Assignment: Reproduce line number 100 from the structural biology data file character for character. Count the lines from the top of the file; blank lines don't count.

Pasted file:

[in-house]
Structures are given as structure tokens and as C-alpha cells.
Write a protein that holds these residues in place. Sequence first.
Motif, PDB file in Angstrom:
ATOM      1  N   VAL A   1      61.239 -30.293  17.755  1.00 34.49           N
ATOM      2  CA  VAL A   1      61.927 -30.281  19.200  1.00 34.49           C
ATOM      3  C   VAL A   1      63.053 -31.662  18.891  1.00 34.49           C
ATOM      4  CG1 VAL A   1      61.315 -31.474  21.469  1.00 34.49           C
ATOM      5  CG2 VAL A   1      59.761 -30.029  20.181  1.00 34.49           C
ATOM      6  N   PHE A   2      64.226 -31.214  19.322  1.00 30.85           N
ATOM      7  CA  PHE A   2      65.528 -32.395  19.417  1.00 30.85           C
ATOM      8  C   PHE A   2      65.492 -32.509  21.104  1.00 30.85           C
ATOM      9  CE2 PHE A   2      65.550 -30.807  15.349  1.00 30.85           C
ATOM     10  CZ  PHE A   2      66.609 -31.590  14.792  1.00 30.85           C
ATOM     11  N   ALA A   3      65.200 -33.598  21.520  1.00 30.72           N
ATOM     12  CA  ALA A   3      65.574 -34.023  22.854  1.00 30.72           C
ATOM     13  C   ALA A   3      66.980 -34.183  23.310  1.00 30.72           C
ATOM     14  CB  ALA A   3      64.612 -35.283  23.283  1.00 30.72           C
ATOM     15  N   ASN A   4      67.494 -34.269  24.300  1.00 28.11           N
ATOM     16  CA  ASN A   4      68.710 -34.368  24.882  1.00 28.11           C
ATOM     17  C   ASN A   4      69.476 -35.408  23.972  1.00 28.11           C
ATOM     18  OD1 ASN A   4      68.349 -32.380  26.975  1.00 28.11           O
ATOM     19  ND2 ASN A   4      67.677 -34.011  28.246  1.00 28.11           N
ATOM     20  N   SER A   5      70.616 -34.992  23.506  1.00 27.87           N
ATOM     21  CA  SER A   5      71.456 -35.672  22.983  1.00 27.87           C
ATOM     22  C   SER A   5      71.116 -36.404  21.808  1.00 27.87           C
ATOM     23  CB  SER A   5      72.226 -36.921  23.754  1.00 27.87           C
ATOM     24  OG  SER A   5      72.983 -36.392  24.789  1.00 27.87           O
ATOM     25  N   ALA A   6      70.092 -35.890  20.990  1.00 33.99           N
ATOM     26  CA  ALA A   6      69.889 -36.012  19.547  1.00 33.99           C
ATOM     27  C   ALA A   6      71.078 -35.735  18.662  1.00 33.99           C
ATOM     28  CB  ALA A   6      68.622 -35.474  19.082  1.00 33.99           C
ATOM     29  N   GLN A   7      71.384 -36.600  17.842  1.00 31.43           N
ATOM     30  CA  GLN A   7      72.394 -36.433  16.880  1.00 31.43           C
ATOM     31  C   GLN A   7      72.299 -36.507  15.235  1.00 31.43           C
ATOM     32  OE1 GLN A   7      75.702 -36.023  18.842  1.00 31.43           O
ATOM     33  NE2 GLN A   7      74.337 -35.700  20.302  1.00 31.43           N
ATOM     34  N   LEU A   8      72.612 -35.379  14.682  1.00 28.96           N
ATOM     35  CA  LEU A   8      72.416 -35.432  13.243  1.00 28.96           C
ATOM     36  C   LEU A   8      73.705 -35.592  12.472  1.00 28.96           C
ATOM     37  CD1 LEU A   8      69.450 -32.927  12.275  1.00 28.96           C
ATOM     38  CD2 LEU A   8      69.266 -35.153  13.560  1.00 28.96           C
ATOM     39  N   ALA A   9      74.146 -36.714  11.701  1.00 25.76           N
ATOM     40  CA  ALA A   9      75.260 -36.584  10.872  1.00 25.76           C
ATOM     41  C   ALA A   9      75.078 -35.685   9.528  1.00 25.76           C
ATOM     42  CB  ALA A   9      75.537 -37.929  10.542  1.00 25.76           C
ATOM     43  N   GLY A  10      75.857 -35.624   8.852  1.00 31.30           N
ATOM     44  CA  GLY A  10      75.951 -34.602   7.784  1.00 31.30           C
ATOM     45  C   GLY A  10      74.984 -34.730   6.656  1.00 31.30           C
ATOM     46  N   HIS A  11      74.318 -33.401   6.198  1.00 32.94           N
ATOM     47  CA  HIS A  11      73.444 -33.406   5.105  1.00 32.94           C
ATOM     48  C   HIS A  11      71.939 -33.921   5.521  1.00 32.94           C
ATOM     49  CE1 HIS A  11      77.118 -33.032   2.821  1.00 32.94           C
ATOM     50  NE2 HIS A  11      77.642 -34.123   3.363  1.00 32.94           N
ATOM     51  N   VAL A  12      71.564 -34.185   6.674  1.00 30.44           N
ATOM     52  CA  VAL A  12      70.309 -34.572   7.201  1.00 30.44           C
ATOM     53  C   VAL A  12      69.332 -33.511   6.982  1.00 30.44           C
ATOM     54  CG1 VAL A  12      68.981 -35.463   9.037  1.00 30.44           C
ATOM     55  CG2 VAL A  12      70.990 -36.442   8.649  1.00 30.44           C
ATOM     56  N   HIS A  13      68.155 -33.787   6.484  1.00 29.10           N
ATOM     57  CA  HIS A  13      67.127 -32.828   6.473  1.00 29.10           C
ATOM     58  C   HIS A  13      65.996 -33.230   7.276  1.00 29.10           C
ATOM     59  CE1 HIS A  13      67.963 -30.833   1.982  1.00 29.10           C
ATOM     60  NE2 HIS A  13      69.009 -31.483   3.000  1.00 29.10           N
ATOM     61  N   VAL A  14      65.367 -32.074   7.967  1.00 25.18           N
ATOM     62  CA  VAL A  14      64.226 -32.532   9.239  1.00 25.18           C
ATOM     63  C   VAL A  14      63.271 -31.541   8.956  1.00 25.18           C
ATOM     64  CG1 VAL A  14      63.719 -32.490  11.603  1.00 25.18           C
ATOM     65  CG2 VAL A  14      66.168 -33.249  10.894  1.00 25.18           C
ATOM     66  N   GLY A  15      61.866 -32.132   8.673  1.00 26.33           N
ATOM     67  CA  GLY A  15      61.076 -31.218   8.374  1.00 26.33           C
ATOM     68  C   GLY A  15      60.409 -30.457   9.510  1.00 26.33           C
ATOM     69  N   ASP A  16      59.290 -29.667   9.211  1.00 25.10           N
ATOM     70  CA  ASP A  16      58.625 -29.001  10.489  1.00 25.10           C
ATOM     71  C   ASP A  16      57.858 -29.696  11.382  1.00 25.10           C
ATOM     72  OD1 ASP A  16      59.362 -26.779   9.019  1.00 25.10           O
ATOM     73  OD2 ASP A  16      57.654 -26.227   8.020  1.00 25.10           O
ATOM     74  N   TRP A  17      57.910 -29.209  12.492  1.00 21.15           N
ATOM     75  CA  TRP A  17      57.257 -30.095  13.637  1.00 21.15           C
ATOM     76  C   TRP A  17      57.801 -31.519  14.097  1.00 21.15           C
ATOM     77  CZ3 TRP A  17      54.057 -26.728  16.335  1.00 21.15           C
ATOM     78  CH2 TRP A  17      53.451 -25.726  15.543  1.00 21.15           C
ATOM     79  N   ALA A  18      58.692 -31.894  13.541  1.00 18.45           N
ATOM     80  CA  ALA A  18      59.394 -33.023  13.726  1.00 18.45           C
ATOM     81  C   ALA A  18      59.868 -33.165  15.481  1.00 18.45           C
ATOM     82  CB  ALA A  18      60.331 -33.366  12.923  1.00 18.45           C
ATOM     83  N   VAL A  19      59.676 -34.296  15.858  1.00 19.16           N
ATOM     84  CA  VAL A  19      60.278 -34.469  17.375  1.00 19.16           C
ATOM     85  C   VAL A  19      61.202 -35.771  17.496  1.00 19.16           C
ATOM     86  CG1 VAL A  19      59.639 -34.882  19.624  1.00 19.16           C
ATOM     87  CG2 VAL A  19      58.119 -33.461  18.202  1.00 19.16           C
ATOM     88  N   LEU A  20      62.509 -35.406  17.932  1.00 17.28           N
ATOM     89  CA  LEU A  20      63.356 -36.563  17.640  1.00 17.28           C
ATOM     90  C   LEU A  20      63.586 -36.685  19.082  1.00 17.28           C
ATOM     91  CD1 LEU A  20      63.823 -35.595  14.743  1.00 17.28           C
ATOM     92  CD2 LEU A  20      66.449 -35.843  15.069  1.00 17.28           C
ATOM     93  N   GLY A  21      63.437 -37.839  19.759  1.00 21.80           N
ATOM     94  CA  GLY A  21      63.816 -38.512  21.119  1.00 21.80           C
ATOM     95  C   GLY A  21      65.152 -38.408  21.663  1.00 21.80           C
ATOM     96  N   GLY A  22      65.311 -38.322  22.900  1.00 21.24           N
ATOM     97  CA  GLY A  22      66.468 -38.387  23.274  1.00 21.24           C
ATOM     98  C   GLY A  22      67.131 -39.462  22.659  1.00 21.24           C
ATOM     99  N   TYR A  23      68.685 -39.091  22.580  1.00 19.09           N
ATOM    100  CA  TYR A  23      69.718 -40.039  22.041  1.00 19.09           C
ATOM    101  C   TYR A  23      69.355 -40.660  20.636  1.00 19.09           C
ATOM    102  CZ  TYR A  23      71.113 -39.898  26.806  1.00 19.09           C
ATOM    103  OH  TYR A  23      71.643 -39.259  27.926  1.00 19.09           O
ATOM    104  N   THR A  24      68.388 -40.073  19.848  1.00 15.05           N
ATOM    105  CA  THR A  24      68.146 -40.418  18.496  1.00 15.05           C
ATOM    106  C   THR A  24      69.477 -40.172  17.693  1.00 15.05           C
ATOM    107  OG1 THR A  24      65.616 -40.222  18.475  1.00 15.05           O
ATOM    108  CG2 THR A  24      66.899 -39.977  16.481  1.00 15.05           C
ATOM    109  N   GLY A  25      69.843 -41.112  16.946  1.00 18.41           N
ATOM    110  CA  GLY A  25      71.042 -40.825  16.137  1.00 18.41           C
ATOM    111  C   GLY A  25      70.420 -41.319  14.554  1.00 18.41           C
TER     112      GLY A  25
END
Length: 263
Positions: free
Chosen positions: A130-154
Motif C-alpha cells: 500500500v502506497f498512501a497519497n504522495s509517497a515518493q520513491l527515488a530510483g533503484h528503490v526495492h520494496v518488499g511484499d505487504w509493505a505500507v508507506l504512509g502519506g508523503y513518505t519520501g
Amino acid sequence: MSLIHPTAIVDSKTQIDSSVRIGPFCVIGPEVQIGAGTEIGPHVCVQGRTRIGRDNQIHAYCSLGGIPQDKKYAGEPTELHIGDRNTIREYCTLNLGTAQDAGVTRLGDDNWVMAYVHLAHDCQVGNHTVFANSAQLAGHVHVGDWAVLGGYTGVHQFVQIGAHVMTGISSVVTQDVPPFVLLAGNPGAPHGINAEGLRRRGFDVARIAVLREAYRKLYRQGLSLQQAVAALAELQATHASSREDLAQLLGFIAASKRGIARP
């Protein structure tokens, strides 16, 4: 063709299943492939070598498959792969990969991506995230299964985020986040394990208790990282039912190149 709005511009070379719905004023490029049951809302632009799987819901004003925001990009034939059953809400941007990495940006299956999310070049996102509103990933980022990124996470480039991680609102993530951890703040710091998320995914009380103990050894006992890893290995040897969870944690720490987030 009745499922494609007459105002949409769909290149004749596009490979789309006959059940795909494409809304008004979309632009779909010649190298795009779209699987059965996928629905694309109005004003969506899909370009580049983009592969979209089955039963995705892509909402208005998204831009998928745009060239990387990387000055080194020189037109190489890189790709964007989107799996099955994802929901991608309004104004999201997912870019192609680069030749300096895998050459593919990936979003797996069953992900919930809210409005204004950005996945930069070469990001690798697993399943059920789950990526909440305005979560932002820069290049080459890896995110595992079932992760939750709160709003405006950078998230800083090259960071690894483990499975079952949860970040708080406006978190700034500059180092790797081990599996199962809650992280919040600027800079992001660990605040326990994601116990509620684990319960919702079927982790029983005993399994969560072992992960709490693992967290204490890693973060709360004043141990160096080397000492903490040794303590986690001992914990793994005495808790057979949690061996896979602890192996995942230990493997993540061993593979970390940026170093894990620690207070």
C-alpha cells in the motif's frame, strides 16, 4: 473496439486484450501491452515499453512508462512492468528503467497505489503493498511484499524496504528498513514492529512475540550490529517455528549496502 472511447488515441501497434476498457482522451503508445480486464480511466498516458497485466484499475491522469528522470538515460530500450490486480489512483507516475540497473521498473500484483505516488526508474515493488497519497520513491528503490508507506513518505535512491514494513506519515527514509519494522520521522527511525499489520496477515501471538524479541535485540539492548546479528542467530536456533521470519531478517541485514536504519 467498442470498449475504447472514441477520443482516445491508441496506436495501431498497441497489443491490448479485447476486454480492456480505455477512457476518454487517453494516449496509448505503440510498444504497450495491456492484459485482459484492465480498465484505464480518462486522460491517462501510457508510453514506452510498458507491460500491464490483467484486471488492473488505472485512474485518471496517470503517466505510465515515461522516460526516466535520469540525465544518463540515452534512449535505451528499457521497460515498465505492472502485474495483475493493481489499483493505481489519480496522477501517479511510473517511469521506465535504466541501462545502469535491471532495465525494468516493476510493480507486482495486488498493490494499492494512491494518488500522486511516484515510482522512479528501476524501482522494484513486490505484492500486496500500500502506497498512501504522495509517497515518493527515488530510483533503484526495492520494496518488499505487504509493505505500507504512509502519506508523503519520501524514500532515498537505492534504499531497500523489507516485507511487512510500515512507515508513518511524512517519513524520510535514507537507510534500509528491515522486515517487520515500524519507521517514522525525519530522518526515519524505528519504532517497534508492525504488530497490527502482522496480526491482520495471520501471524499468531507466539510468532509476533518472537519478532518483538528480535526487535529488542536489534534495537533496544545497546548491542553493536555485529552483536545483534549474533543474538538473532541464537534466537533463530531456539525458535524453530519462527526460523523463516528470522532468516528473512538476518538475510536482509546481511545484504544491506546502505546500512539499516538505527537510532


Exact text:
ATOM     96  N   GLY A  22      65.311 -38.322  22.900  1.00 21.24           N